However the screenshot of today is probably rather boring, as it simpy shows the refactored blueprint of what was a big mess in Day 3.


Global Game Jam 2015, building airlock

If you follow this Blog, you probably already know that I’m a big fan of game jams. It all started for me 3 years ago during the Global Game Jam 2013, the first Game Jam I attended, so the Global Game Jam is something special to me.

Once again I enjoyed the atmosphere of the HfG, which provided the location in Karlsruhe. When I arrived, meeting quite a few people that I’ve met there in the last years as well, I already felt that this would become a great weekend.

This years GGJ started earlier, rather than 17:00 like in the last few years, the Time of 15:00 was communicated – and I made the mistake to assume this was mostly so people would be there in time. Well, I was wrong, the keynotes started earlier (at 16:30) and the theme was given at 17:00. Lucky, I had arrived early.

The Keynotes


The first keynote, by the woman behind Redshirt (a game I enjoyed playing a while ago) I liked, mostly because it didn’t tell me for the 100th time why I make games, no the speaker knew why we make games, and left no doubt about that.

The second keynote was spanish (or portugese? i don’t know, those two languages sound the same to me), and we had no translation, so I didn’t get much of the Message, but looking at the pictures and the credits at the end of it, it seems that someone tried to pick up on the FlamerGate affair, trying to force a pro-thirdwave-feminism spin on the Game Jam, so I guess i didn’t miss too much.

The third keynote by Reiner Knizia felt like an anachronism, not only had he chosen a visual style for his video that looked like it was made in the 90s, also his examples for connecting classic board games with modern technology made the impression to be years behind. In times where people are building augmented reality games, having a cheap looking plasic volcano that lits up under some conditions just doesn’t seem to cut it.

The Theme


After the keynotes the theme “What do we do now” was announced. To be honest, my first thought was “ok, those guys where pretty high when they came up with this”, but then my second thought was “well, still better than last years theme (We don’t see things as they are, we see them as we are).

While discussing with some of the other jammers I basically formed the Idea of an game where someone would have set directives to various actors, whenever an event arises, and that actor would continue acting by that directive (repeating the same action that was set for this event if an event was known, or asking for an additional directive if an event was unknown), creating a system which would need carefull balance (in form of the directives given by the player) to achive a goal that requires the actors to collect resources, transport resources, build something with the resources and keep each other alive.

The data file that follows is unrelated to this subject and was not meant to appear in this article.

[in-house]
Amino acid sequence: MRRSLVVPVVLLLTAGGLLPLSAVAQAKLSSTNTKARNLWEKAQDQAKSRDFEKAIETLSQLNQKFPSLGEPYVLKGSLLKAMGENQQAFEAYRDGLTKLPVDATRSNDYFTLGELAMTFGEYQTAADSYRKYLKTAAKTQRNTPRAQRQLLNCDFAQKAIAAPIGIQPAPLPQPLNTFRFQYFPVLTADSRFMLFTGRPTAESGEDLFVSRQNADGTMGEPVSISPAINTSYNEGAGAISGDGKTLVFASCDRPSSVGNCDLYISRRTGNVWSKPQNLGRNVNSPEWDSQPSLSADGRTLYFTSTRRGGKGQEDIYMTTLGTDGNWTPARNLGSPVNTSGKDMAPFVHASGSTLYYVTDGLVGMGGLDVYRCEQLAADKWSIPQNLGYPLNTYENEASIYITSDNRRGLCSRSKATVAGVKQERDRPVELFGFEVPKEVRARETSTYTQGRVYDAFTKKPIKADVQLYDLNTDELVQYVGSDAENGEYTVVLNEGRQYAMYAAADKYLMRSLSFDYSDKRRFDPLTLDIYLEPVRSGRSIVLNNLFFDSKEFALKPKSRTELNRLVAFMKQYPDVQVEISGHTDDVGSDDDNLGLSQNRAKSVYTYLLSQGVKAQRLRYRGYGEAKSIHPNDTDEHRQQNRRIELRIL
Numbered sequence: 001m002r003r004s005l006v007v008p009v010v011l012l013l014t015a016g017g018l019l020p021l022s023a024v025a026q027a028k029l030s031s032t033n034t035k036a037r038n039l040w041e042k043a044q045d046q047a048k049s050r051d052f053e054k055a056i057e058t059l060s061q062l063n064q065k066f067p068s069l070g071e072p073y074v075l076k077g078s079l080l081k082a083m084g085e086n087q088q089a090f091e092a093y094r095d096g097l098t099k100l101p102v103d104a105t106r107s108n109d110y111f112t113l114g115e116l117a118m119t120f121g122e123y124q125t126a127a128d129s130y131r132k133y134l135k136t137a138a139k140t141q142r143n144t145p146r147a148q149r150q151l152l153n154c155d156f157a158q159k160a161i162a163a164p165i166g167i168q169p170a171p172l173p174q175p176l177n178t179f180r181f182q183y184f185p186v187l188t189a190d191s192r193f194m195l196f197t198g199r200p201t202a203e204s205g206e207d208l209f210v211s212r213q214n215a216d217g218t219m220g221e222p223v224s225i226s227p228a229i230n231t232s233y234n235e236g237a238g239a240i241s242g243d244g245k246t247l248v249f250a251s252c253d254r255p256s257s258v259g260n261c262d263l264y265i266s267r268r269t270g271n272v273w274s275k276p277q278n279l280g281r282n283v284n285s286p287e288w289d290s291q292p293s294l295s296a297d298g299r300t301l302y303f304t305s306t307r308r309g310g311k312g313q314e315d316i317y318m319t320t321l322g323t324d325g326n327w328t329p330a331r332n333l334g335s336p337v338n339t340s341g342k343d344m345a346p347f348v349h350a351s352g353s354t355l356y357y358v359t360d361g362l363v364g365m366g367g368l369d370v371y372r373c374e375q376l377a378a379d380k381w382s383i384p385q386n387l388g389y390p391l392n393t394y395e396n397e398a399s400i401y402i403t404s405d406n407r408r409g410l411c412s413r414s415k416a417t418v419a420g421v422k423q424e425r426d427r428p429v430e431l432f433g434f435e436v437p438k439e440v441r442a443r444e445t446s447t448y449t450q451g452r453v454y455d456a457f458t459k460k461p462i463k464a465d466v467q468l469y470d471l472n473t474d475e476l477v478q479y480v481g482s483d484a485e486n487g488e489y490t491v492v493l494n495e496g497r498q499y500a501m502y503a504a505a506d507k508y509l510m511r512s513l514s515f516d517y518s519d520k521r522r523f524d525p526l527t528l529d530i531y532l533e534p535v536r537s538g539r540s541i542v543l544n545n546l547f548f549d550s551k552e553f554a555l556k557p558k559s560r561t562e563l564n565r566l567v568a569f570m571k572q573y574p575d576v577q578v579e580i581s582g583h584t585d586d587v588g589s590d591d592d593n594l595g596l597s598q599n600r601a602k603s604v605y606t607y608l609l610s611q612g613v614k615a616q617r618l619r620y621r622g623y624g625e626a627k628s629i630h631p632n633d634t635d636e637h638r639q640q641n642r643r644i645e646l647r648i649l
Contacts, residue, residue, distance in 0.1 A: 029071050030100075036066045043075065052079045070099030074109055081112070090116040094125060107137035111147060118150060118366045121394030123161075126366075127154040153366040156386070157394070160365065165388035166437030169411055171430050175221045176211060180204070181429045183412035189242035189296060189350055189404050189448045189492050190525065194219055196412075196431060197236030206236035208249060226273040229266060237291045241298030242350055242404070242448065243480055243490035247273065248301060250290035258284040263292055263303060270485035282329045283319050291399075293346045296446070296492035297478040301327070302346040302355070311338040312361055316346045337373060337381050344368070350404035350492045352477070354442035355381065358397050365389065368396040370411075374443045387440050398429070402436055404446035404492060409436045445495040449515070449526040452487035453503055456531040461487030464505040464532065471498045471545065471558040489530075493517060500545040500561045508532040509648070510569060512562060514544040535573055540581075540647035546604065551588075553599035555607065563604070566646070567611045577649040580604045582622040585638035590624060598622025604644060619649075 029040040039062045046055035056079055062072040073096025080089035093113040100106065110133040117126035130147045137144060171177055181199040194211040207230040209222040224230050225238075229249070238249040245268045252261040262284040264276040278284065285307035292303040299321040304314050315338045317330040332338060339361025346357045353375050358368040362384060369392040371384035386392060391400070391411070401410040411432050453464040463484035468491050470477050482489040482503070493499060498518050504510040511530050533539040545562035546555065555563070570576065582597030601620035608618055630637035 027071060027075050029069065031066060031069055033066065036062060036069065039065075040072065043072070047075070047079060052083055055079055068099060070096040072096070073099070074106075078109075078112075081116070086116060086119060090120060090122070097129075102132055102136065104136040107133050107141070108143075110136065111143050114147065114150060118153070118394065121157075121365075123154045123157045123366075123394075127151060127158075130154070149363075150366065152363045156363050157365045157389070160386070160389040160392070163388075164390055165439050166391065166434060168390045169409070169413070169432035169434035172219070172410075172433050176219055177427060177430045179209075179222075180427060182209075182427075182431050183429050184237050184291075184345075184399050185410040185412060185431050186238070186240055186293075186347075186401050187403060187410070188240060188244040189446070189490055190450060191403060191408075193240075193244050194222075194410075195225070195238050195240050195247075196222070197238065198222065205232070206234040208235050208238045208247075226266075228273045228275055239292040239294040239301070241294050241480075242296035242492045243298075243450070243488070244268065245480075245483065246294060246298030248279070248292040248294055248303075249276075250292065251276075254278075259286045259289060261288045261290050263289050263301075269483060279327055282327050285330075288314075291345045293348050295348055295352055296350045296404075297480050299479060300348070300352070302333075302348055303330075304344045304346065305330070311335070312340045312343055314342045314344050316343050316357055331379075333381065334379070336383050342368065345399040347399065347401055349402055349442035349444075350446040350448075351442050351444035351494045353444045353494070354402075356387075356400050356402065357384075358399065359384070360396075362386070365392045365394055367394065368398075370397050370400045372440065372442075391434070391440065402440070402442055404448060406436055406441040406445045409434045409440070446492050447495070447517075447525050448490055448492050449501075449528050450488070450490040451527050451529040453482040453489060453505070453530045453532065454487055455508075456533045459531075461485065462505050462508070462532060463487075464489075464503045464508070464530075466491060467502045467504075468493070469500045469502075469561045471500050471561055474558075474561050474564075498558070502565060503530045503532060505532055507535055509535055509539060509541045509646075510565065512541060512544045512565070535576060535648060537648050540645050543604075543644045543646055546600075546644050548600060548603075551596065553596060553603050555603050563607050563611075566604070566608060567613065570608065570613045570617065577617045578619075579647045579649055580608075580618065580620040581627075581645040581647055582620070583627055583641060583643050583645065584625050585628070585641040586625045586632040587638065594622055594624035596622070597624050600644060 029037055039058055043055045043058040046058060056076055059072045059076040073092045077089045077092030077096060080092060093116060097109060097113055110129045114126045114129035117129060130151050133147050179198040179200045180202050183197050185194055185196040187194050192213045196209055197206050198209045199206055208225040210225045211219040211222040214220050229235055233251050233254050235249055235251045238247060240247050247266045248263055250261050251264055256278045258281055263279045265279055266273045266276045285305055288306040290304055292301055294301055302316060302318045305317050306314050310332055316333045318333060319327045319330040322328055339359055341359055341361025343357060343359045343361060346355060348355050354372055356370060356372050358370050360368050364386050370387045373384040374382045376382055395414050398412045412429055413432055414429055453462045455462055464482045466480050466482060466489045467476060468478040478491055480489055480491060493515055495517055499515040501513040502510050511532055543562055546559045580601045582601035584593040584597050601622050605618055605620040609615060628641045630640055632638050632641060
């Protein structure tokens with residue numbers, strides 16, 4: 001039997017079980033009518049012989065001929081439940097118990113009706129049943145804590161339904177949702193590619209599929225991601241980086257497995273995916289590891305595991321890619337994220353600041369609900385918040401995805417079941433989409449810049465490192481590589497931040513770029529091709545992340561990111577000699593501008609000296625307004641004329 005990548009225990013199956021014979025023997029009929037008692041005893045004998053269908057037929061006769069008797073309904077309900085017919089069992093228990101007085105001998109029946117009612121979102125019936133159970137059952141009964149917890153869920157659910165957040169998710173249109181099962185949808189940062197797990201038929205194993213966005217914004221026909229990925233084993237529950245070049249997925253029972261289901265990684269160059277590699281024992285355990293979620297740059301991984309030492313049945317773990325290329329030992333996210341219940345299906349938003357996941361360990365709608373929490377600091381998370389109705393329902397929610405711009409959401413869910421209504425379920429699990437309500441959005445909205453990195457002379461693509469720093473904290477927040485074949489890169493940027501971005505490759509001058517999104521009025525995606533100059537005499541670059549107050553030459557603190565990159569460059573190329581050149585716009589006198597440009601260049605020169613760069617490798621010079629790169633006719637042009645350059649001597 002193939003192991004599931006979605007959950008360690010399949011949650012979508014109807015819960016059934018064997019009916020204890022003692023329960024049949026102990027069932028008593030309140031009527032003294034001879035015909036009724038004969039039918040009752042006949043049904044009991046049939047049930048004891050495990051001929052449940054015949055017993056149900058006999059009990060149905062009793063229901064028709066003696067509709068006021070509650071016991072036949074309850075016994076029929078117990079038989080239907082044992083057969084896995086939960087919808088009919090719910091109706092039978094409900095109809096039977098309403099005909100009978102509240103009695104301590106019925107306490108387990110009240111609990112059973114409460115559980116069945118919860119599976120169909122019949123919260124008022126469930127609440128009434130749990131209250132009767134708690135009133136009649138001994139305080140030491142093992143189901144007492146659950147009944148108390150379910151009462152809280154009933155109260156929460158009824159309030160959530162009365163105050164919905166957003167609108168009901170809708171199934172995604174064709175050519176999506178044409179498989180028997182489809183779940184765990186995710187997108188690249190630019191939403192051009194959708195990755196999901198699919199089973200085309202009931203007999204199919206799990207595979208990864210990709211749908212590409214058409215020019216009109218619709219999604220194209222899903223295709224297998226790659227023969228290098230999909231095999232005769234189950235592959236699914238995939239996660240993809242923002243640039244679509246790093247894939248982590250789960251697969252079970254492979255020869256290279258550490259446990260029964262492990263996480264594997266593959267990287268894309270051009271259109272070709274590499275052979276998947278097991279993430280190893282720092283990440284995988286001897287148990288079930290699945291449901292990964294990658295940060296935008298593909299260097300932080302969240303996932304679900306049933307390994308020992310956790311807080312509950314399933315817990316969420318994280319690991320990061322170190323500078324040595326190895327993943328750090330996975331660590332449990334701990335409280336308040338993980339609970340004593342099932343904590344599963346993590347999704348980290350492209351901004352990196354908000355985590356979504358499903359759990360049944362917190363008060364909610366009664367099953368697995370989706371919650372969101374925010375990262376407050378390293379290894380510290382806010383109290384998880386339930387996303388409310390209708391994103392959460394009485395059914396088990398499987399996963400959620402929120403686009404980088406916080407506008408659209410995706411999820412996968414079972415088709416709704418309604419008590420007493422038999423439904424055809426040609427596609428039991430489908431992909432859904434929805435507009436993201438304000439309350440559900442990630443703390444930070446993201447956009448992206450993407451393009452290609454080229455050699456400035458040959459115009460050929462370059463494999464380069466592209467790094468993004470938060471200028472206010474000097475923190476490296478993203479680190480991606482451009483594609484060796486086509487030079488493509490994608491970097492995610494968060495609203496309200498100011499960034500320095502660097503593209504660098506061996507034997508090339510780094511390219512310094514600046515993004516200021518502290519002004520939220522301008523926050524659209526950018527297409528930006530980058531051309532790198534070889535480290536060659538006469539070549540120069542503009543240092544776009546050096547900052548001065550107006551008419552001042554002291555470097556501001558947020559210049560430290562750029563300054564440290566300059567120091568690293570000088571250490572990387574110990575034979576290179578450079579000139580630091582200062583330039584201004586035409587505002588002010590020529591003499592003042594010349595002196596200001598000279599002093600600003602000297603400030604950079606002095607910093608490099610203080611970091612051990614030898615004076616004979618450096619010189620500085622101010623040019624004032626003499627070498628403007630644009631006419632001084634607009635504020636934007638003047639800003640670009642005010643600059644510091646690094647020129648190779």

I still like the idea, but during the pitches, a few friends of mine actually pitched an idea which I found a lot more appealing for this gamejam, so I joined their team.

The Game


Together, we then build the game “Airlock”, which is basically a game that you can play in a group of 5 to 12 people, utilizing a mobile device as a game master. The players are put into groups of Scientist and Saboteurs, where only the Saboteurs know who else is a Saboteur. Then each round one player will be set to be the “Operator” and create a plan who is going to which room to repair crucial systems of the space station that the group is stranded on.
If the majority of players agrees with the plan, every player gets to act his repair action within the room he was planned for – saboteurs however can choose to commit further acts of sabotage instead. At the end of the turn, the Operator then can check the status of the room (how many repair / sabotage points it has), and is responsible for telling the group the result (but, well which saboteur would be telling the truth to the scientists?).
If the majority votes against the plan, the turn is over immediatly, and the next operator is chosen.
In both cases, whenever a turn ends, one unit of oxygen is used up, if the group runs out of oxygen, the saboteurs win.
If the saboteurs manage to corrupt all rooms, or corrupt a room that then gets repaired, the saboteurs win.
If the group manages to repair a room before it is corrupted, the scientists win.
A room is repaired / corrupted once all its repair or corruption fields are filled with the corresponding markers, which are placed through the actions of the players.

We started with a slightly different set of rules and ideas on friday evening, and the first thing we did was to play the idea through with some cards, just to see if it works. Friday night I then spend looking at what technology we would use to create the game. At that time I was thinking that using a HTML5 app build with AngularJS might be a good idea, and i spend 1/3rd of saturday to look into phonegap, so we could deploy this app to mobile devices. As it turns out getting phonegap to run on an windows machine was already more than trivial, especially if one is used to the linux, not the windows command line (like me ;), so saturday afternoon we made the right decision when we agreed on using Unity as the engine. Now while my experience with Unity was basically “nothing”, having worked with c# before made it easy to be useful. Martin N. took charge of the actual Unity stuff, creating our user interface, while I implemented a huge chunk of the Game logic. Meanwhile the others spend a lot of time play testing more with cards, and involving other people in those tests, to see if/how the balance can work. I’m not sure how (where they took the time for that, if I’d have done it it would have taken me ages), but Martin, Martin, Bjoern and Jana somehow managed to also create game assets (graphics, sound) while doing all the other things, which really impressed me.